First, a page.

(the 1994-95 strike cost him there) 2) he played first base, and 3) he played for five teams, none for more than five years, meaning there’s been no campaign. None of these is a good reason. The reality is that he has better stats than Eddie Murray (though clearly not the cache) and was absolutely brilliant in the postseason, with a .917 OPS in October compared to a still-great .886 in the other months. It’s nothing short of a disgrace he gets less than 25 percent of the vote.
6) Schilling — Not only was he an alltime great postseason pitcher, he was excellent (if occasionally inhibited by injury) in the regular season, with the record for best strikeout-to-walk ratio, plus three seasons leading the league in strikeouts, two leading in strikeouts and three finishing second in Cy Young voting.
7) Scott Rolen — An excellent two-way player, he was overshadowed by being the third best player on excellent Cardinals teams (behind alltime great Albert Pujols plus the more spectacular Jim Edmonds, who was unfairly voted off the ballot) and who split his career somewhat evenly between three teams. His 70 WAR is shared by six other players, all of whom are in the Hall (Gary Carter, Barry Larkin, Frankie Frisch, Ron Santo, Johnny Mize and Alan Trammell). Jay Jaffe(link) makes a better case than I do. One more thing: Third base has been under-represented in the Hall.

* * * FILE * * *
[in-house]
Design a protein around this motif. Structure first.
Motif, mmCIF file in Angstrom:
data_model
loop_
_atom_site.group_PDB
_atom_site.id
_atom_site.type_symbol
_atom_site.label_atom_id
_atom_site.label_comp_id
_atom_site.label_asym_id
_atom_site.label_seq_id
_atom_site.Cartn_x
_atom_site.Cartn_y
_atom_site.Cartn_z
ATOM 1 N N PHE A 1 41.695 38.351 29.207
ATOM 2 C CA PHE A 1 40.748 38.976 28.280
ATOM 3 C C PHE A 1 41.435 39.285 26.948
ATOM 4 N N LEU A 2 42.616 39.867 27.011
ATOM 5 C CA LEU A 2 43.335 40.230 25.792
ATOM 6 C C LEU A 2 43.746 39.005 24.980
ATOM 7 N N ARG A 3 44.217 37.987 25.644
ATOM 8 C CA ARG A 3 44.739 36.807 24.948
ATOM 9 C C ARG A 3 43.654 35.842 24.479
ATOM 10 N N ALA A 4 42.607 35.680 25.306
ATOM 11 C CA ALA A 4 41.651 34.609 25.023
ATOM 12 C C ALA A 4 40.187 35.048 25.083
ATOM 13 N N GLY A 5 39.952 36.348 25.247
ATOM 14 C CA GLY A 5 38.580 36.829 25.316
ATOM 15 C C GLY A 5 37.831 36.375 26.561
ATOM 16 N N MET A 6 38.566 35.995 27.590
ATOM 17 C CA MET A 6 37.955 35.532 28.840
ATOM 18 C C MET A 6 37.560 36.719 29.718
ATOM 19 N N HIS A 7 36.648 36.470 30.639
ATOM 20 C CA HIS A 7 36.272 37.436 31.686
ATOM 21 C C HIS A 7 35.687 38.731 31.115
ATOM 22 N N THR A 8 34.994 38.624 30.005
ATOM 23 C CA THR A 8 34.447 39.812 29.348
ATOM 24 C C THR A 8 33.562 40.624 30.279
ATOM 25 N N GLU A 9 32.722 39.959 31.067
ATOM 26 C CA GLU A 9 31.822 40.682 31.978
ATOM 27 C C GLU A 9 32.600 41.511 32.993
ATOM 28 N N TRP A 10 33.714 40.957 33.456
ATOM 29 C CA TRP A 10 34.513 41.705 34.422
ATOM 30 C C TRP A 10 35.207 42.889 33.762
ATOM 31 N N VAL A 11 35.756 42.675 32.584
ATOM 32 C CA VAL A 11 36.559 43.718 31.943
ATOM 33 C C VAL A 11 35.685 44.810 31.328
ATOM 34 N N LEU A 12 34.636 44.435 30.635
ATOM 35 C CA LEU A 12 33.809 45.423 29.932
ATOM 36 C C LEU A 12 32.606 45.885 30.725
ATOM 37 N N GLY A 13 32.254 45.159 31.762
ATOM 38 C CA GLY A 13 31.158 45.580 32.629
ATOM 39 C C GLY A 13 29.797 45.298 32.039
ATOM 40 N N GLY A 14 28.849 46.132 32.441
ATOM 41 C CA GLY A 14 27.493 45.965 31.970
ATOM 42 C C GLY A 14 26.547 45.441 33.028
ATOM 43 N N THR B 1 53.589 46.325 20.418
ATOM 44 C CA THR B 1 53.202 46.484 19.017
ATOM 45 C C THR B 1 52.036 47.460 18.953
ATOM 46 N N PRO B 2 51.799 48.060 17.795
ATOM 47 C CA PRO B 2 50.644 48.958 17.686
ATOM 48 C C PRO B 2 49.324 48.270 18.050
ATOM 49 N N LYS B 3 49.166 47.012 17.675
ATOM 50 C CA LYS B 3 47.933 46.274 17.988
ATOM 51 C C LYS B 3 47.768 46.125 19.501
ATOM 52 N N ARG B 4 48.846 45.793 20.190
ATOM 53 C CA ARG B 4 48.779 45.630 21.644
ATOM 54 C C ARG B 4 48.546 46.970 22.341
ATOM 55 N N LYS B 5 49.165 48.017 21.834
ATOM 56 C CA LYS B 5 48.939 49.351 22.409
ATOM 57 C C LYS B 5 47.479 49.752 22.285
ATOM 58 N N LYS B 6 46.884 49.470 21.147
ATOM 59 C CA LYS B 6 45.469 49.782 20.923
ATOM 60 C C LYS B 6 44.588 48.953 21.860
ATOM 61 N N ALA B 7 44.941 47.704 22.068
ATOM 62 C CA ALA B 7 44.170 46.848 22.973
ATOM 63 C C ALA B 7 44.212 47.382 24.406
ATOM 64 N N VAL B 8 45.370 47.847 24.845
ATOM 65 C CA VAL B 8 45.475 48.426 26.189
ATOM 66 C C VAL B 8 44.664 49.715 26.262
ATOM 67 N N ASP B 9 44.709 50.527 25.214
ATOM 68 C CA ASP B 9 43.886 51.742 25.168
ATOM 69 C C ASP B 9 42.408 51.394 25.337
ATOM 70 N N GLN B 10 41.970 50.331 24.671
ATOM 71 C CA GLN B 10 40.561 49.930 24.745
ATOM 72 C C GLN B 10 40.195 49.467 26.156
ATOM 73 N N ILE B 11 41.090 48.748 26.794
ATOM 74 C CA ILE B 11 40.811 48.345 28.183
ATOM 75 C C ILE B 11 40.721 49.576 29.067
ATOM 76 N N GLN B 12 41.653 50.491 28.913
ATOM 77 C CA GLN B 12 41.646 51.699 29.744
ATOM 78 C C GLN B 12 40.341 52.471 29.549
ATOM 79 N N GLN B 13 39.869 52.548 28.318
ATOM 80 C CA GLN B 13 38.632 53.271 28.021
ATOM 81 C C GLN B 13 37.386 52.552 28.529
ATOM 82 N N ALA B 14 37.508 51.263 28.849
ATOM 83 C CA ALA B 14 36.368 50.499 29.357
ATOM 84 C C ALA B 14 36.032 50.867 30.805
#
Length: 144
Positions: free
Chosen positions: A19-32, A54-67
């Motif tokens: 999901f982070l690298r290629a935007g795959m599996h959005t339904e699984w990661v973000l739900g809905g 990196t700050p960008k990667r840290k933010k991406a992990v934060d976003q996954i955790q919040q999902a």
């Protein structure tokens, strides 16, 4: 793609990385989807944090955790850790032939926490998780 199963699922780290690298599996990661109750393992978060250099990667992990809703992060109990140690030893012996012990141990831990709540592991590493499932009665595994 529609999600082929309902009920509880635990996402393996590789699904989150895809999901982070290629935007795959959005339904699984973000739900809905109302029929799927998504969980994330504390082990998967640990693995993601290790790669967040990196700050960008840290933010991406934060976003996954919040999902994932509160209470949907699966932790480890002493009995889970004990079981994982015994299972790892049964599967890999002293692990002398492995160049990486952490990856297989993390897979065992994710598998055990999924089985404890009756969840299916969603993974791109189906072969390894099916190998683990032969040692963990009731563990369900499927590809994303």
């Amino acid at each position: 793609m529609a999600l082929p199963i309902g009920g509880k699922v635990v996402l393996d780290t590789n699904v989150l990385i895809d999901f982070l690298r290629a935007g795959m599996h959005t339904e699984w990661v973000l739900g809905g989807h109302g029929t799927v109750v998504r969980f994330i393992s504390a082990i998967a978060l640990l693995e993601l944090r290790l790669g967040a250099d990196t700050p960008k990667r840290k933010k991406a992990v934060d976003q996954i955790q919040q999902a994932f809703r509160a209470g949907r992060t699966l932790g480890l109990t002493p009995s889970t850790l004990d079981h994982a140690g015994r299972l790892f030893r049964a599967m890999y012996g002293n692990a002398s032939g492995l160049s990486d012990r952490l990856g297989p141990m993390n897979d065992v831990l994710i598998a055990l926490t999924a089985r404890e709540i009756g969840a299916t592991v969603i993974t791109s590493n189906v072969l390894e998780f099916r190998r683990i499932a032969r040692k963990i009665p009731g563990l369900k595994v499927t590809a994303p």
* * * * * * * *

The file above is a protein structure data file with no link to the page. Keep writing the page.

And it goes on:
8) Andruw Jones — Greatness is recognized here, especially alltime greatness. And there is a decent case that he is the best center fielder of alltime (he’s certainly in the top five at the very least), and he wasn’t a slouch on offense either (434 home runs), except for that one odd year in L.A., where he was a slouch. Though he had a quick comedown, the peak was fantastic, and his WAR over a 10-year period (1998-07) was better than everyone but Barry Bonds and A-Rod, Mark Bowman of MLB.com noted.
9) Edgar Martinez — That .300/.400/.500 slash line is hard to ignore (at least not for all 10 years).
10) Lance Berkman — Don’t sell him short. Six times he finished in the top seven in MVP voting, and that .943 lifetime OPS is Hall of Fame worthy. Not enough buzz will probably knock him off the ballot, undeservedly so.
Close, Maybe with a Bigger Ballot
11) Omar Vizquel — As with Jones, he is an alltime great at his position. The 10-man ballot is the main reason he’s excluded, but the other is that his offense just wasn’t as good as Jones (82 OPS plus), even relative to his peers at his position.
12) Jeff Kent — One of the best hitting second basemen ever, he just misses due to the limited ballot and average defense.
13) Larry Walker — An amazing talent, he certainly has the backing of the analytics/stats guys. Very close, and just short of the top 10 here, mostly because he only played 145 games once.
14) Todd Helton — Another ex-Rockie who’s very close. Some might get the idea I’m anti-Coors, and I think it’s fair to admit it gets factored in.
15) Billy Wagner — A case may be made based on the percentages, and he was about the hardest to hit among all pitchers.
Really, really good players but a little below those first two groups